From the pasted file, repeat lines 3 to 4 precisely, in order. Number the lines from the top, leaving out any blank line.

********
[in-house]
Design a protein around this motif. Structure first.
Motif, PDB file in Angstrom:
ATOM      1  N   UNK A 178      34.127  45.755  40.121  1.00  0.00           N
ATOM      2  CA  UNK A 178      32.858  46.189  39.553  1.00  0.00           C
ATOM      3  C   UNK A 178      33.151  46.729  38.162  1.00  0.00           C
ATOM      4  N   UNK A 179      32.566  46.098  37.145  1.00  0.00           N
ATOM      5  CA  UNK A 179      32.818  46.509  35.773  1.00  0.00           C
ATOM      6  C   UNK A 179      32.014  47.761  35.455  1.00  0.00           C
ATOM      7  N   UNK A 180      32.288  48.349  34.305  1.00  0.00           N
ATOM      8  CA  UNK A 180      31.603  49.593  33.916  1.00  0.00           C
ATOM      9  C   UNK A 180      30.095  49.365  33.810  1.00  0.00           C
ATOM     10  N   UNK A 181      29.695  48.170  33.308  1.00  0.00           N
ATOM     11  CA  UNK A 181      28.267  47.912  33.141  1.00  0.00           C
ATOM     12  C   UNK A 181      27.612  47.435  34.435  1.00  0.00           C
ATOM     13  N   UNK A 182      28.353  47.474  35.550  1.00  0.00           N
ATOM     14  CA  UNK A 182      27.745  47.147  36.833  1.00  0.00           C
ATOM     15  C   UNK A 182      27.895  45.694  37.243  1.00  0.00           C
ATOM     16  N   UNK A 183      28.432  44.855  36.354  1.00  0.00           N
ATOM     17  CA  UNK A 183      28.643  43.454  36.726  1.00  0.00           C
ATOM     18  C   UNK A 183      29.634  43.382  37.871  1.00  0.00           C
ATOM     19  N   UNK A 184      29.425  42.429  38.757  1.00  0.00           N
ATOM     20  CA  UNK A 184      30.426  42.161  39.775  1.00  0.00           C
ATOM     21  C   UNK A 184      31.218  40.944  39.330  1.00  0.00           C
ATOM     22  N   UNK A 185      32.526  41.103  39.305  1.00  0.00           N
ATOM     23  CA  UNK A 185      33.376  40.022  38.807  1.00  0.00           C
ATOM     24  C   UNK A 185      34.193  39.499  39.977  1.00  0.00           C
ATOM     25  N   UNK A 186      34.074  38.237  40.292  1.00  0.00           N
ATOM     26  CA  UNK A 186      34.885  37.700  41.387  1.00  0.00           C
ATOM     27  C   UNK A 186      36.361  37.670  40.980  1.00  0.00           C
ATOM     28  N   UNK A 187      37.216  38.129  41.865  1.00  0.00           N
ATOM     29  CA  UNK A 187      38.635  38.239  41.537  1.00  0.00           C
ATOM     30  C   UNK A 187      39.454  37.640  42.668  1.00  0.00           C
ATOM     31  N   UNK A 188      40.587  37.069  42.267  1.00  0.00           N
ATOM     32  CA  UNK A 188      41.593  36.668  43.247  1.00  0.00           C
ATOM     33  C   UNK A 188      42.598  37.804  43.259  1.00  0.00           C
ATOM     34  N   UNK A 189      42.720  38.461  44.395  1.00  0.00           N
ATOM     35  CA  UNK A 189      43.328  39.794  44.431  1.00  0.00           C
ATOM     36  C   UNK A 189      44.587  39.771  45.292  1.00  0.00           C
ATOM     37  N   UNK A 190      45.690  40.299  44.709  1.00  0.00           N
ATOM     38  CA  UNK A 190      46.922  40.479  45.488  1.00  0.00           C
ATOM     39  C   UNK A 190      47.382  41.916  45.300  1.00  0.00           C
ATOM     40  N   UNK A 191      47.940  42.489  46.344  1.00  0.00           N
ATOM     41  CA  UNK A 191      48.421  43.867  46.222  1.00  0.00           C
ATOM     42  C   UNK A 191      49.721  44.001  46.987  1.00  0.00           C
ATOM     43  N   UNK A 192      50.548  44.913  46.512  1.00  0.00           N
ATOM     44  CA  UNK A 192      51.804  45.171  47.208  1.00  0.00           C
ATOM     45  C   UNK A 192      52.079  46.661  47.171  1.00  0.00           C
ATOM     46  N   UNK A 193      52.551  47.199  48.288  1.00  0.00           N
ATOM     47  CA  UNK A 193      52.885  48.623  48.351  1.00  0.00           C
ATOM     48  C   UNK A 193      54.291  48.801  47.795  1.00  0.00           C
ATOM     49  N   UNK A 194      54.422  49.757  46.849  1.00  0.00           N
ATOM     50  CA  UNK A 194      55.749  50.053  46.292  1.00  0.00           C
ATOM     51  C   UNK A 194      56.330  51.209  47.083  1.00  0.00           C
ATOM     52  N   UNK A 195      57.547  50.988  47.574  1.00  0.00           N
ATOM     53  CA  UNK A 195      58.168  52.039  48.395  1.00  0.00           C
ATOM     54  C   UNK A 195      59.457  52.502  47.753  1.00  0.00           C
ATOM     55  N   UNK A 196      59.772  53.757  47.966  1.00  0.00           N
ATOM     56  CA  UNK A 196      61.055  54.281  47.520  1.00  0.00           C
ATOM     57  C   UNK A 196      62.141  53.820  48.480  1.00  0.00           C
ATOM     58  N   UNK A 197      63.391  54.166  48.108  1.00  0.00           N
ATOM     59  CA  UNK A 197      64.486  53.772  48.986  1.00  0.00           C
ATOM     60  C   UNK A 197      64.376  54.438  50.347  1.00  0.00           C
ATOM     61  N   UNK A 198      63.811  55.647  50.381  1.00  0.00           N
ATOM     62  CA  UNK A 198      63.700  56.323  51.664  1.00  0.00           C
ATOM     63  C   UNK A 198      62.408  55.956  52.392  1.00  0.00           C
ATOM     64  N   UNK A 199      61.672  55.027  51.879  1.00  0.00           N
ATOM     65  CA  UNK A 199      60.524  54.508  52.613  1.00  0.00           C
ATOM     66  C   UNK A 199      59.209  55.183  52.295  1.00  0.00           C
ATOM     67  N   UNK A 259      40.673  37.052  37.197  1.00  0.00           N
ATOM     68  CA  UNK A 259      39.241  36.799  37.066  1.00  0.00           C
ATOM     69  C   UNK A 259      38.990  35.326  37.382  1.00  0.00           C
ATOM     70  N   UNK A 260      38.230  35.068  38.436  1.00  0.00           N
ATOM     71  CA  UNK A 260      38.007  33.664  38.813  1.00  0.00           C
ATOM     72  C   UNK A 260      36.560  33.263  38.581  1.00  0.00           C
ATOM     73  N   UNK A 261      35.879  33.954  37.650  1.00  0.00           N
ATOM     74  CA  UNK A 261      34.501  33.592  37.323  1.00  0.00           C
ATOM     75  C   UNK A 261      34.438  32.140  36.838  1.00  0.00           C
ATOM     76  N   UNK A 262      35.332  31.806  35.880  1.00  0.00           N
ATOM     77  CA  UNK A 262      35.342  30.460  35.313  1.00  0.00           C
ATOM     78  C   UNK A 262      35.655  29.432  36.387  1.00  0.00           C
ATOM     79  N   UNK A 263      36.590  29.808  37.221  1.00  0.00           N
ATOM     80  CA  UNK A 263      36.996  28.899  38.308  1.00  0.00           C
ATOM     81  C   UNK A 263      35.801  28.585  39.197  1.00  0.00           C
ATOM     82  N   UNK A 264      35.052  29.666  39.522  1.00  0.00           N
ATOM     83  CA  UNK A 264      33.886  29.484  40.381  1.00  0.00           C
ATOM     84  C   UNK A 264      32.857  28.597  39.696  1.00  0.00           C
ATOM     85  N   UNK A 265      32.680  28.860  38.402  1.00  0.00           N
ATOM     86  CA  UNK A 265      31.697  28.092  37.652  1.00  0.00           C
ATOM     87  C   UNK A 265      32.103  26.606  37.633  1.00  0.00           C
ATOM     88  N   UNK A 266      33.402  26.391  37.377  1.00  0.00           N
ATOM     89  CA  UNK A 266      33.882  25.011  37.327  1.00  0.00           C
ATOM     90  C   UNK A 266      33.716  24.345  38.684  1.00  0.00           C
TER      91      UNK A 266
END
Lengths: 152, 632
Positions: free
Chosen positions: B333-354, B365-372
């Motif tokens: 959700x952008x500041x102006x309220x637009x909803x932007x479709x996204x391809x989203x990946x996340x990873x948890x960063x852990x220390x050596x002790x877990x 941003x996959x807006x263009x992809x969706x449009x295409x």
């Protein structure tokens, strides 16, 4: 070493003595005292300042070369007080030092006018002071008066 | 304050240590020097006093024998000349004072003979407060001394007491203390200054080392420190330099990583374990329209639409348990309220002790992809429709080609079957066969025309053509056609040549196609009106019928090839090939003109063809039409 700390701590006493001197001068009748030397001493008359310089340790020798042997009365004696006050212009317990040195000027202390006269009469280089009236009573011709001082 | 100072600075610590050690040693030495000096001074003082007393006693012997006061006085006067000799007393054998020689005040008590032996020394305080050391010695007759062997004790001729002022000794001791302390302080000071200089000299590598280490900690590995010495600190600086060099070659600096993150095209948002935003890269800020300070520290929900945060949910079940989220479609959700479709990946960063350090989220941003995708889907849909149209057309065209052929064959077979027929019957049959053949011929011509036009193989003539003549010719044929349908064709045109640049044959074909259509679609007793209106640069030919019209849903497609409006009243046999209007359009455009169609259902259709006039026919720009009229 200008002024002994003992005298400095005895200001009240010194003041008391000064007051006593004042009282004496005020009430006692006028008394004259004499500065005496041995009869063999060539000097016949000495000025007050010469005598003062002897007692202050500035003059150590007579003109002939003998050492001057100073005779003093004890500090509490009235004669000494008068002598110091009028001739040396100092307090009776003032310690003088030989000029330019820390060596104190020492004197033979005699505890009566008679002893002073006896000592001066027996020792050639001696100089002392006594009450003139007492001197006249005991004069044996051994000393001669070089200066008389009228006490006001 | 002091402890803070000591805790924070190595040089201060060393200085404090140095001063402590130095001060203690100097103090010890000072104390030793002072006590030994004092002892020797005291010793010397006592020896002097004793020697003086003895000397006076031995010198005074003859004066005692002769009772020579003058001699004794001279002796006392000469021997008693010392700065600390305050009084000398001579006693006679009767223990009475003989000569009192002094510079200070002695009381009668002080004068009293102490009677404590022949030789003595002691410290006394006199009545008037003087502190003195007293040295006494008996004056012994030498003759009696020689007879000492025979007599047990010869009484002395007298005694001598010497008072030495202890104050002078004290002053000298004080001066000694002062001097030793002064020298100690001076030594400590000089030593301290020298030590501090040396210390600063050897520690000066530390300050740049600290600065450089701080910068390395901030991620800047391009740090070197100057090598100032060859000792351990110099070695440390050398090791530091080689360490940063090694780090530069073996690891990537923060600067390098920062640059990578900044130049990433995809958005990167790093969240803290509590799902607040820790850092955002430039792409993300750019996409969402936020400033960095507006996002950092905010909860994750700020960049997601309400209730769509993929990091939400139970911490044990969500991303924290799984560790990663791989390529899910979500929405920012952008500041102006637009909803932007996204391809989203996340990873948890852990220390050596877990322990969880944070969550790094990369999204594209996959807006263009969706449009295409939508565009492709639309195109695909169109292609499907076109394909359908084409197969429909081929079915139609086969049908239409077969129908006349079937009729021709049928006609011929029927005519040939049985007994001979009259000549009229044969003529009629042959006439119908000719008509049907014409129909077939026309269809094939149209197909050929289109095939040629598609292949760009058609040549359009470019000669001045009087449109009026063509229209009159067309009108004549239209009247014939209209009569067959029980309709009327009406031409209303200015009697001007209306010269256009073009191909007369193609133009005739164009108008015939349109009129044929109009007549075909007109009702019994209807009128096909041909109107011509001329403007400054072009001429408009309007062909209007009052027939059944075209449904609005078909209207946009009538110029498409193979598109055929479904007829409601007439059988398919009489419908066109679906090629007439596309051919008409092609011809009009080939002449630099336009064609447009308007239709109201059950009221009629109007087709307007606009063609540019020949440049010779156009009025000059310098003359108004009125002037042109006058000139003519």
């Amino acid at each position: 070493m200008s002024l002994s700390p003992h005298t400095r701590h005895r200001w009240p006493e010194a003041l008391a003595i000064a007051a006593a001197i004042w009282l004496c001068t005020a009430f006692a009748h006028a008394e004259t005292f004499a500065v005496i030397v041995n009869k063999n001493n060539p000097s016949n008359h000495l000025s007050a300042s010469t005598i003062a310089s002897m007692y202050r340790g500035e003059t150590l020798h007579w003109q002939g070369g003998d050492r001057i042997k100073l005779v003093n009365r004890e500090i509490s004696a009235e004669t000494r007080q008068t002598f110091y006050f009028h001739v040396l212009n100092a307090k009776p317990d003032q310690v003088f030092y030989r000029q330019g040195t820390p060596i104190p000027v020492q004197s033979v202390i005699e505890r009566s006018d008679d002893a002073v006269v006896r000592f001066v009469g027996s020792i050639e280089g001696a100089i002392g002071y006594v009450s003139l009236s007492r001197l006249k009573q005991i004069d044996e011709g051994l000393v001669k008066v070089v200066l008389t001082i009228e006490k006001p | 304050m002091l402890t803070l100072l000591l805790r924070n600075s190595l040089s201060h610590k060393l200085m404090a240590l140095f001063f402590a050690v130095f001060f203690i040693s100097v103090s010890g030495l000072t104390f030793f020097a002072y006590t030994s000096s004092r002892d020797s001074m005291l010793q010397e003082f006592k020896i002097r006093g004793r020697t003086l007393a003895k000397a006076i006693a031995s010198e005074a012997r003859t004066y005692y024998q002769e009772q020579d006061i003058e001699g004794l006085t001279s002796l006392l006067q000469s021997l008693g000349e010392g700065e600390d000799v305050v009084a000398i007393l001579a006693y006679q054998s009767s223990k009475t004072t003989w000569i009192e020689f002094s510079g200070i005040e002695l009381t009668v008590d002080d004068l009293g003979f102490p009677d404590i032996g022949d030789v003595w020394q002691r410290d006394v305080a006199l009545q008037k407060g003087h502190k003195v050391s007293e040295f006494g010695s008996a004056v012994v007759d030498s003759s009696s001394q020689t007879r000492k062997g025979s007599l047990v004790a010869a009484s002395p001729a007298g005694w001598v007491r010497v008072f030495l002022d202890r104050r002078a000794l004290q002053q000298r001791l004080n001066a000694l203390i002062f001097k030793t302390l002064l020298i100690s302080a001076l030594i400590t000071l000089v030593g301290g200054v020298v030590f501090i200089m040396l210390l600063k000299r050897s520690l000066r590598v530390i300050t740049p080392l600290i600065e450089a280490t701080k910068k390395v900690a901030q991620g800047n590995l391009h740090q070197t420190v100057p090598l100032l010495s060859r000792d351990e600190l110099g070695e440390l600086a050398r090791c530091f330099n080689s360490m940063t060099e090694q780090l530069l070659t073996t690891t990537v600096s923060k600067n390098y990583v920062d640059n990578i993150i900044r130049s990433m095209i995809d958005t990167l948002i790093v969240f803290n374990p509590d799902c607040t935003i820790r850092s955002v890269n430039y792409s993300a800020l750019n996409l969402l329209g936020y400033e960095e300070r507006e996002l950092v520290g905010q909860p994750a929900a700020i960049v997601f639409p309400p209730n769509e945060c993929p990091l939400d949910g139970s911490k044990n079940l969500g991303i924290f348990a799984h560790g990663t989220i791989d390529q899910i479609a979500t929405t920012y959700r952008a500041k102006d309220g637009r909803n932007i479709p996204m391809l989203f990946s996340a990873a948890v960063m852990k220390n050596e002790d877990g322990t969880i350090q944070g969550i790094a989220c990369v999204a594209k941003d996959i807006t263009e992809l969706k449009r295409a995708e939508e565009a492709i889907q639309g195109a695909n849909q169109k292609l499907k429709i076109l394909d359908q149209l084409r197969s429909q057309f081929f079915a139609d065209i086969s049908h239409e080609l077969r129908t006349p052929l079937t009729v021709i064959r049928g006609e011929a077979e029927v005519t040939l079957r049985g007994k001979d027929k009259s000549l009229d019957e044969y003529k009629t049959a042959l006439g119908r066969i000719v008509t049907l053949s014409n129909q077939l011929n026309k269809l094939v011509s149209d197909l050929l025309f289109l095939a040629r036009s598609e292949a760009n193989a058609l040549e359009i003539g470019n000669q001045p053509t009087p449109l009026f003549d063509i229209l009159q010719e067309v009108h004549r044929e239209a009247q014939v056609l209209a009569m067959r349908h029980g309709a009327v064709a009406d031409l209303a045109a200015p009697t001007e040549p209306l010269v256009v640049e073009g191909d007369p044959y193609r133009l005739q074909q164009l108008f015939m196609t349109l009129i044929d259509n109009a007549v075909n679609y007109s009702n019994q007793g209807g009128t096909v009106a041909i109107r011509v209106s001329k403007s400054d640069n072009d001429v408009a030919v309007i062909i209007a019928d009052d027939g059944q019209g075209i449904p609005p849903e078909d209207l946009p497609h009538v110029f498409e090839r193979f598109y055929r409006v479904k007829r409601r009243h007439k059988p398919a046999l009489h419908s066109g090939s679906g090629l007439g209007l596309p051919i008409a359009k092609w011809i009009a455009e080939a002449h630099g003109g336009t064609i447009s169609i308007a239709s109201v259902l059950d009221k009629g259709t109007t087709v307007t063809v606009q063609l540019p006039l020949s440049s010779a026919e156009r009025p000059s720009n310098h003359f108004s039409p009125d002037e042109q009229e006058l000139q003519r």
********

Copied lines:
Motif, PDB file in Angstrom:
ATOM      1  N   UNK A 178      34.127  45.755  40.121  1.00  0.00           N